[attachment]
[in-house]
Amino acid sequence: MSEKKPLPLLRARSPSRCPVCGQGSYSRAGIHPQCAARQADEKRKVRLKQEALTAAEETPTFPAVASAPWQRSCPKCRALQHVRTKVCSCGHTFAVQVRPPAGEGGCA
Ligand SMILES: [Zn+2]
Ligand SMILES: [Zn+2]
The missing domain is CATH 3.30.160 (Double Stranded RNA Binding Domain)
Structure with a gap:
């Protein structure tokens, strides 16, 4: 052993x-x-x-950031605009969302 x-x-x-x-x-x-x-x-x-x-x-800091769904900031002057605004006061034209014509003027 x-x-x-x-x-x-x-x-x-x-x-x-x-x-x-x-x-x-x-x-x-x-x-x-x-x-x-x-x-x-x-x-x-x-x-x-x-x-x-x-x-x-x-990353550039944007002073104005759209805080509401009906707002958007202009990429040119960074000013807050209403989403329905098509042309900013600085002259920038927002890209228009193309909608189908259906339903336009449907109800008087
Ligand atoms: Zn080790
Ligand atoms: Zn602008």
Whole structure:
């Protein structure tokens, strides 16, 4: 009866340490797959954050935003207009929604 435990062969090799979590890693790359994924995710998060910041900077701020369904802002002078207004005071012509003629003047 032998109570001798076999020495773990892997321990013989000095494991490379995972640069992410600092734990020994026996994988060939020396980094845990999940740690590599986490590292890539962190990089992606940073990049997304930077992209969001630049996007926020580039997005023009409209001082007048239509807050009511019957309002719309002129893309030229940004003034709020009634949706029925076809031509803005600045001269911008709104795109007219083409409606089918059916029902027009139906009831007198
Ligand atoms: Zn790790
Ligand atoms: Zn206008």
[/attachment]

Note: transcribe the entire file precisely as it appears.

[in-house]
Amino acid sequence: MSEKKPLPLLRARSPSRCPVCGQGSYSRAGIHPQCAARQADEKRKVRLKQEALTAAEETPTFPAVASAPWQRSCPKCRALQHVRTKVCSCGHTFAVQVRPPAGEGGCA
Ligand SMILES: [Zn+2]
Ligand SMILES: [Zn+2]
The missing domain is CATH 3.30.160 (Double Stranded RNA Binding Domain)
Structure with a gap:
């Protein structure tokens, strides 16, 4: 052993x-x-x-950031605009969302 x-x-x-x-x-x-x-x-x-x-x-800091769904900031002057605004006061034209014509003027 x-x-x-x-x-x-x-x-x-x-x-x-x-x-x-x-x-x-x-x-x-x-x-x-x-x-x-x-x-x-x-x-x-x-x-x-x-x-x-x-x-x-x-990353550039944007002073104005759209805080509401009906707002958007202009990429040119960074000013807050209403989403329905098509042309900013600085002259920038927002890209228009193309909608189908259906339903336009449907109800008087
Ligand atoms: Zn080790
Ligand atoms: Zn602008």
Whole structure:
């Protein structure tokens, strides 16, 4: 009866340490797959954050935003207009929604 435990062969090799979590890693790359994924995710998060910041900077701020369904802002002078207004005071012509003629003047 032998109570001798076999020495773990892997321990013989000095494991490379995972640069992410600092734990020994026996994988060939020396980094845990999940740690590599986490590292890539962190990089992606940073990049997304930077992209969001630049996007926020580039997005023009409209001082007048239509807050009511019957309002719309002129893309030229940004003034709020009634949706029925076809031509803005600045001269911008709104795109007219083409409606089918059916029902027009139906009831007198
Ligand atoms: Zn790790
Ligand atoms: Zn206008």